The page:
Declining US profits and private investmentBy Michael Burke
US corporate profits fell in the first quarter of 2015. This is the second consecutive fall, technically causing a ‘profits recession’. The nominal level of profits of $2014.8bn in Q1 was lower than in Q2 2012. Profits have fallen to 11.4% of GDP, compared to 12.2% at their pre-crisis peak in Q3 2006. The trend in corporate profits is shown in Fig. 1 below.
The motor force of capitalist economies is the accumulation of capital via profits, as the name suggests. ‘Demand-led’ or ‘wage-led’ economies are a logical impossibility for the simple reason the wages, or demand, or any other comparable variable follow the production process. There can be no wages or demand without prior production.
Falling profits in a recovery is extremely unusual. But this is the third time this has happened during this weak recovery. In effect, because the economy lacks any great momentum, it is easy for external effects to push profits lower. This could be poor weather, a stronger US Dollar, shipping strikes, weak overseas demand, and so on.
But the effect of a sustained fall in profits is simple. Companies exist to realise profits and will stop investing if profits fall. In Fig. 2 below US corporate profits and US private sector fixed investment are shown in nominal terms for the purposes of comparison.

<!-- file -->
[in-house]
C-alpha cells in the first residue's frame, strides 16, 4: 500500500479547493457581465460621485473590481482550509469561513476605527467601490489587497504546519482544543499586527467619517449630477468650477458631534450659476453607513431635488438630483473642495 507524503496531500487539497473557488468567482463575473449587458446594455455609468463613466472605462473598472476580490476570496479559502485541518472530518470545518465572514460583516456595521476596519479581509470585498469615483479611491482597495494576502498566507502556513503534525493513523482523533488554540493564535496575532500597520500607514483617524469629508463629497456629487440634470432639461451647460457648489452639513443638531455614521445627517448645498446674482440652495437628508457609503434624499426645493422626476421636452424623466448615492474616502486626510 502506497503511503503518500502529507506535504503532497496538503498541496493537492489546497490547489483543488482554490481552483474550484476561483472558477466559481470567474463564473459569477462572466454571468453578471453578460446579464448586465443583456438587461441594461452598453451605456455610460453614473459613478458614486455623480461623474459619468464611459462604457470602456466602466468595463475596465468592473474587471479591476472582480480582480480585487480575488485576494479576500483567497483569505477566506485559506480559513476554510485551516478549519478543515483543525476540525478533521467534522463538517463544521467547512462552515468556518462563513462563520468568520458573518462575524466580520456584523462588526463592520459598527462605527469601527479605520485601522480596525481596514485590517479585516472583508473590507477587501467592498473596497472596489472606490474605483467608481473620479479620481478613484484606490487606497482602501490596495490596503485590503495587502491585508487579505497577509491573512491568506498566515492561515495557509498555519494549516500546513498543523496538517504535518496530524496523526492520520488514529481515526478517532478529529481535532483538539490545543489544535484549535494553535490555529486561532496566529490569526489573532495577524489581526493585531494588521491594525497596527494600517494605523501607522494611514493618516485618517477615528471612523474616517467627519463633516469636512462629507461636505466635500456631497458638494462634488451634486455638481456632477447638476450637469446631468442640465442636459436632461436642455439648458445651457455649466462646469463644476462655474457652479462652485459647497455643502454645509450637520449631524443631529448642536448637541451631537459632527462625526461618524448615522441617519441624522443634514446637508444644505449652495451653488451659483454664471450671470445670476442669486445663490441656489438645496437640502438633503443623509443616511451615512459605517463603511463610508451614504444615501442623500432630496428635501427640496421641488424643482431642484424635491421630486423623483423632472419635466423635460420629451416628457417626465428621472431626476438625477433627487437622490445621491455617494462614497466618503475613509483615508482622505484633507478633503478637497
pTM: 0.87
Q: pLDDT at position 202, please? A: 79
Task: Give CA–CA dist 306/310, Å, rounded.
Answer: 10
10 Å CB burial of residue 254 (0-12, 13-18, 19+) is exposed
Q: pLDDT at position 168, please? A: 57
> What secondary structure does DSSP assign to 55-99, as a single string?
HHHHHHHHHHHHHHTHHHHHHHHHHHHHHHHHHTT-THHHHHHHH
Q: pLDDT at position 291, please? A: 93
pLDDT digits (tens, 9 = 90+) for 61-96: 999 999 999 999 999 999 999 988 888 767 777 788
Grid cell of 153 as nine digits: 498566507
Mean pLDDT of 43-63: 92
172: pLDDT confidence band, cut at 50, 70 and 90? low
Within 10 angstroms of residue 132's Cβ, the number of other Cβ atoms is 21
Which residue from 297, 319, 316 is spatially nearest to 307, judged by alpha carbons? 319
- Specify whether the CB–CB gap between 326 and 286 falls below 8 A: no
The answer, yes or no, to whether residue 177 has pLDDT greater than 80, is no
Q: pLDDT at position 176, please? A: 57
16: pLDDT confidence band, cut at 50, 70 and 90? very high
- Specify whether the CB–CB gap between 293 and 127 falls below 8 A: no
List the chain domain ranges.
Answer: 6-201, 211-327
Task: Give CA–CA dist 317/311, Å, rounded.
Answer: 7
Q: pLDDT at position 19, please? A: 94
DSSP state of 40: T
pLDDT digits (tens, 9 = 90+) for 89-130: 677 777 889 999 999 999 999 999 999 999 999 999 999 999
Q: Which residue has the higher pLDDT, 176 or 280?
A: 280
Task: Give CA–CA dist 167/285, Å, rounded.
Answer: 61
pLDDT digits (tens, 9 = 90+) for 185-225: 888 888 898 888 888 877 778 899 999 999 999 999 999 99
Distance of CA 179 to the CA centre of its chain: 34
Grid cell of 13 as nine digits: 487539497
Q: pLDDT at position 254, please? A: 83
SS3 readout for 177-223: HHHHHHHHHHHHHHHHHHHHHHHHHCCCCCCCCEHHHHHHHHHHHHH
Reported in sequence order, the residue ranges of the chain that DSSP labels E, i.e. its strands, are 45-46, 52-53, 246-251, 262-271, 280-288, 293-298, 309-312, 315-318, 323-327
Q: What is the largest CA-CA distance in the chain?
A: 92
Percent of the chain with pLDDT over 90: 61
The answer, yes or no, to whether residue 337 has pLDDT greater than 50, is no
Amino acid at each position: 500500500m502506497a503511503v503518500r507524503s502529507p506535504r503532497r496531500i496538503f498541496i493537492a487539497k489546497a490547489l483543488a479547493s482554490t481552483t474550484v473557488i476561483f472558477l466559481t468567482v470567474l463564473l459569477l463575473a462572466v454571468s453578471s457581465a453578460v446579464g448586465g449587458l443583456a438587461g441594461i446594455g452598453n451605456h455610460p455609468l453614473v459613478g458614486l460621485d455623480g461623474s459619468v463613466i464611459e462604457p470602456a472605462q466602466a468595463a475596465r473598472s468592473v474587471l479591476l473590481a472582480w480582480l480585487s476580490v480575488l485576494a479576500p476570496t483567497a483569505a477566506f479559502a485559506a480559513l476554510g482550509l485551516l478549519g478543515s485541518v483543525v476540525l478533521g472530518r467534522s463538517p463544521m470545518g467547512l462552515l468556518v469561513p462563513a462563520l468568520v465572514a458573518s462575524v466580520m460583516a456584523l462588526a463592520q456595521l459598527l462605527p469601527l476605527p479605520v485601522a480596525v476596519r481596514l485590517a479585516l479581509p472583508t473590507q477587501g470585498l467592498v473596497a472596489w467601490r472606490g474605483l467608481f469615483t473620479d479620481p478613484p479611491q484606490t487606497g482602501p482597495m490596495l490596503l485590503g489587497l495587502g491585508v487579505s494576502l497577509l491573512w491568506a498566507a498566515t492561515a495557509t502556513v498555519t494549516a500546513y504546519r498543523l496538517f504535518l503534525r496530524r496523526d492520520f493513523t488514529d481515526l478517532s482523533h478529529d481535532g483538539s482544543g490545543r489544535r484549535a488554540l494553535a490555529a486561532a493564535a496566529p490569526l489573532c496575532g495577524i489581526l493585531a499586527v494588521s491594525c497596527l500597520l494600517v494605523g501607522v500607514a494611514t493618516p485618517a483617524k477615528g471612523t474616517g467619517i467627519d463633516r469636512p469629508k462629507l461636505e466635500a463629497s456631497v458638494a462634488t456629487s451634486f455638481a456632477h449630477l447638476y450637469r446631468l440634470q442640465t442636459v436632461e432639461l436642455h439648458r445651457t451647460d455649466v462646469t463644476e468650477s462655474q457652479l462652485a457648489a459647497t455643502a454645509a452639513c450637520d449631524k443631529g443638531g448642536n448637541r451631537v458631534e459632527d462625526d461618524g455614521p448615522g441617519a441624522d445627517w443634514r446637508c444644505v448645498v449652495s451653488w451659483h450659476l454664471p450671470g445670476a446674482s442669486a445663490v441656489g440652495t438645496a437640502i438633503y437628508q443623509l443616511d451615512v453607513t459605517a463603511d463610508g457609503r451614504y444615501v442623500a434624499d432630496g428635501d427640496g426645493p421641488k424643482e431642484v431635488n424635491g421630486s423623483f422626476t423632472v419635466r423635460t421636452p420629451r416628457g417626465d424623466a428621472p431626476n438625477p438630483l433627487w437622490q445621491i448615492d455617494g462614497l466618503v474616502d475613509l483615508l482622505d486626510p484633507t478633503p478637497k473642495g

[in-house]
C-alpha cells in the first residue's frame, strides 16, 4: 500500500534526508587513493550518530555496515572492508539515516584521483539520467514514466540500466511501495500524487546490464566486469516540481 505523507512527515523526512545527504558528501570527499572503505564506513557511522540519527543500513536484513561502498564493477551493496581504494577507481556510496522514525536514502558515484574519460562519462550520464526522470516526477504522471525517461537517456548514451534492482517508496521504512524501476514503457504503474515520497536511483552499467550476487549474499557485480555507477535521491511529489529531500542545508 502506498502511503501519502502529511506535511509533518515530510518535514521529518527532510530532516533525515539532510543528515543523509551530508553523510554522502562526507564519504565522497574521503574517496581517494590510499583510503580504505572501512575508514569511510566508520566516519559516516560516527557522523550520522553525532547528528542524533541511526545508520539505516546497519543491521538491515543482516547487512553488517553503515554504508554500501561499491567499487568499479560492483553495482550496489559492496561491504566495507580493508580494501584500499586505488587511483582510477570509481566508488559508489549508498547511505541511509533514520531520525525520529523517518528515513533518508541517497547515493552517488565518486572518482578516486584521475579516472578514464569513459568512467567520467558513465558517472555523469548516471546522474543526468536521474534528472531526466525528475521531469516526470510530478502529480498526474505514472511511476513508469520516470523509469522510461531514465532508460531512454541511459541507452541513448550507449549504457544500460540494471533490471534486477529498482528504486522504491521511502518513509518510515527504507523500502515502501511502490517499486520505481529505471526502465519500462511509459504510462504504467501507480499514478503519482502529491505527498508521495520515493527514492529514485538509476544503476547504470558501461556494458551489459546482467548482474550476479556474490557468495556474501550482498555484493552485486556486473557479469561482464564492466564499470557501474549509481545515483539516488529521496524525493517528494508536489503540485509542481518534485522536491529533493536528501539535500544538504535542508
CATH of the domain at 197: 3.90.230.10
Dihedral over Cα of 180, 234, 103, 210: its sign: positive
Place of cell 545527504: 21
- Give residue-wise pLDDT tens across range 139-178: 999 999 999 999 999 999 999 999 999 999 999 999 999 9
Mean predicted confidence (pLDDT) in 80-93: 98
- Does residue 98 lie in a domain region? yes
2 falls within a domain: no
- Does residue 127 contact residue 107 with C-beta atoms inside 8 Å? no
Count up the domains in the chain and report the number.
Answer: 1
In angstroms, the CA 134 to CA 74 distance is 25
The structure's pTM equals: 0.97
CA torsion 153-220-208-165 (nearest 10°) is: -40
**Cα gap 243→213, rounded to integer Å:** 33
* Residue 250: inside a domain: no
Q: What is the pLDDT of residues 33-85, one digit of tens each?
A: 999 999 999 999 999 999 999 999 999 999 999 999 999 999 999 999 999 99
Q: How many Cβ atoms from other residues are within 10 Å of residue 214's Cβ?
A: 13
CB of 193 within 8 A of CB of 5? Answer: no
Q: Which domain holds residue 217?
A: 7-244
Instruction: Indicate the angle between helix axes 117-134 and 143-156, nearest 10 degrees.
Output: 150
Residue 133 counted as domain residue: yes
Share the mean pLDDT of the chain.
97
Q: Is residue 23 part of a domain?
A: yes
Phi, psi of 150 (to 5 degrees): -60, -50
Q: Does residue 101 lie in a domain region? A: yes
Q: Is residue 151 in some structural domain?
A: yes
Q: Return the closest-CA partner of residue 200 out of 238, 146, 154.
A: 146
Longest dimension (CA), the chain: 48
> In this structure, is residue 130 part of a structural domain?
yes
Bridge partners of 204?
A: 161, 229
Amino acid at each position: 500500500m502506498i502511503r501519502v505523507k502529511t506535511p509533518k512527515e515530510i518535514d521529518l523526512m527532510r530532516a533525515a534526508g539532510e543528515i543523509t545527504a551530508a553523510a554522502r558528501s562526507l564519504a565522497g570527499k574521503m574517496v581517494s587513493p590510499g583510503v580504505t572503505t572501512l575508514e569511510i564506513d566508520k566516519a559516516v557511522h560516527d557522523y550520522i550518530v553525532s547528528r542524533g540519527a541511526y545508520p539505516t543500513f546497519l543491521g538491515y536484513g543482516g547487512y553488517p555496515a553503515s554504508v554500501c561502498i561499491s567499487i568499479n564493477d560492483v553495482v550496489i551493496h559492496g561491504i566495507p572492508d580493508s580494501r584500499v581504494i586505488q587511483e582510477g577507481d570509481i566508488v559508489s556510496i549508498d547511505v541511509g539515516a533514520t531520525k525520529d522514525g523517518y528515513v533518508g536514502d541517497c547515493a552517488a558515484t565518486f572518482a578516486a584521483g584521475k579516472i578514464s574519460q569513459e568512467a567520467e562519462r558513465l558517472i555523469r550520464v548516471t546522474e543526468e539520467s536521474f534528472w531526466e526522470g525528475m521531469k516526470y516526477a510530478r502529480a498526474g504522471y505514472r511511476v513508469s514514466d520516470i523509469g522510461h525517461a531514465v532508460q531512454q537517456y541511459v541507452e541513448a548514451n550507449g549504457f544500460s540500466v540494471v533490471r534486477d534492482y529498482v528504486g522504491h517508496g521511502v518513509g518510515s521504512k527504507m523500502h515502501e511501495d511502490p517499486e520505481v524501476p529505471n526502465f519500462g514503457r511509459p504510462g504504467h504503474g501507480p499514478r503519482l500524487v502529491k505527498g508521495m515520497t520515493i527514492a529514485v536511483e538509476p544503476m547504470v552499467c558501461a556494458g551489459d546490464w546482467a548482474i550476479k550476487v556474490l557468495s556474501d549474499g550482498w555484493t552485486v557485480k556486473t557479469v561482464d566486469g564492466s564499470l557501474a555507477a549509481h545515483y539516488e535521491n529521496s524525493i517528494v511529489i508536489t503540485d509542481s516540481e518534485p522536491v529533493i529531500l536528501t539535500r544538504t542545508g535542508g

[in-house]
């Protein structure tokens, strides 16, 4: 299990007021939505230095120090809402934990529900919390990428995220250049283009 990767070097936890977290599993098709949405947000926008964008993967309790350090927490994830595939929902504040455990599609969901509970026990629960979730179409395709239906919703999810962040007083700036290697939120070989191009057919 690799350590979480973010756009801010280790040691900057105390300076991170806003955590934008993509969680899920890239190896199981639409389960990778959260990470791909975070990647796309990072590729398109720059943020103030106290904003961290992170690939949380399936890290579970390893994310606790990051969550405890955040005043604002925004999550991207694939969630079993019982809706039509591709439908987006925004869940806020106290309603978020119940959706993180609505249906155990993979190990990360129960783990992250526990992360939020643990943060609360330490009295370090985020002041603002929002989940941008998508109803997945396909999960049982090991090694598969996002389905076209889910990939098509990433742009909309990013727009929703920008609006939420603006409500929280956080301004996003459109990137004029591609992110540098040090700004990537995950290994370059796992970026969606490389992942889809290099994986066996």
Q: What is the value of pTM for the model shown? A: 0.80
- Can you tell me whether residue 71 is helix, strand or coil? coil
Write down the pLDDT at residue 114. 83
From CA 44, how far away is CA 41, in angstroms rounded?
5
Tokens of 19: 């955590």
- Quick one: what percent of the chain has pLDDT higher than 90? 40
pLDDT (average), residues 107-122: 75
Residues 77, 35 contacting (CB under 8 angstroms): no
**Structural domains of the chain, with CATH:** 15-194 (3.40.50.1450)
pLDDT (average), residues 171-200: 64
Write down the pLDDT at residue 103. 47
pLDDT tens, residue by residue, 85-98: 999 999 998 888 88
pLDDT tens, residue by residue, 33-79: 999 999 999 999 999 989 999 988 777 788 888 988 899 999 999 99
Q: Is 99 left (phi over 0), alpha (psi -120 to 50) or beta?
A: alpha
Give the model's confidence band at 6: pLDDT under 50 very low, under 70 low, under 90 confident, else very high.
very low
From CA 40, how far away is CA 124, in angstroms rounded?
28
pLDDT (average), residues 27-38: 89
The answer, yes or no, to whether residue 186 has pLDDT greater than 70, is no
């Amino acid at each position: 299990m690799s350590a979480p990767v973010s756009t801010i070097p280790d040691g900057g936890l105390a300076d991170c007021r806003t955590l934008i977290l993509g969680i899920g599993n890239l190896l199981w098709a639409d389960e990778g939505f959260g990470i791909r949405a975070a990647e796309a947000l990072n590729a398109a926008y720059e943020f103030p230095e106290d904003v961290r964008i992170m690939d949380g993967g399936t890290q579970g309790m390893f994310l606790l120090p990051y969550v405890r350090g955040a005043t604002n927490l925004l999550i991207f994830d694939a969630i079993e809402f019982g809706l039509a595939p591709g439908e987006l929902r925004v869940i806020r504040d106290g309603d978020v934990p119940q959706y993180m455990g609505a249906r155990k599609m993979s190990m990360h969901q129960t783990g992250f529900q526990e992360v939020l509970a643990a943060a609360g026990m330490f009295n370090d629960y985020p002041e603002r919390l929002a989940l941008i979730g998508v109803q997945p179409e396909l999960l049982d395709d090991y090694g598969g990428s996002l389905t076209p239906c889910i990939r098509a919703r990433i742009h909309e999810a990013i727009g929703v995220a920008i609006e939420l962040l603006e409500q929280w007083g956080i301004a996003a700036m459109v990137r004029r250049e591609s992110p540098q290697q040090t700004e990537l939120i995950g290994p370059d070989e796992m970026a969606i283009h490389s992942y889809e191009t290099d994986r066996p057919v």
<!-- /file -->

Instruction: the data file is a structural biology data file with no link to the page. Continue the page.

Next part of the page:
The Great Recession was preceded by a decline in profits and the fall in fixed investment followed with a time lag. This was a classic profits-led recession, which was partly obscured by the speculative frenzy that continued until 2007 (but which is a recurring end-of-cycle phenomenon).
However, until now private sector fixed investment has not suffered a fall in the current expansion despite the preceding short-lived declines in nominal profits. Since the low-point in private investment at the beginning of 2010 there has been an uninterrupted rise in private investment until the final quarter of 2014.
That changed in the first quarter of 2015. Private sector fixed investment fell in Q1 2015. The decline was extremely modest, from $ 2,850bn to $2,841.5bn and could yet be revised away. But there are further causes for concern. In real terms real GDP growth has increased by just €254bn over the last three quarters. At the same the stock of unsold inventories has risen by €257bn. If goods remain unsold, profits cannot be realised and the most obvious course of action is to cut back on production.
Many official and private commentators suggest that the latest weak data is simply a one-off, reflecting extremely poor winter weather in the US. That could prove to be the case. But the combination of rising inventories, falling profits and the new fall in private investment does not point to an improving outlook for the US economy.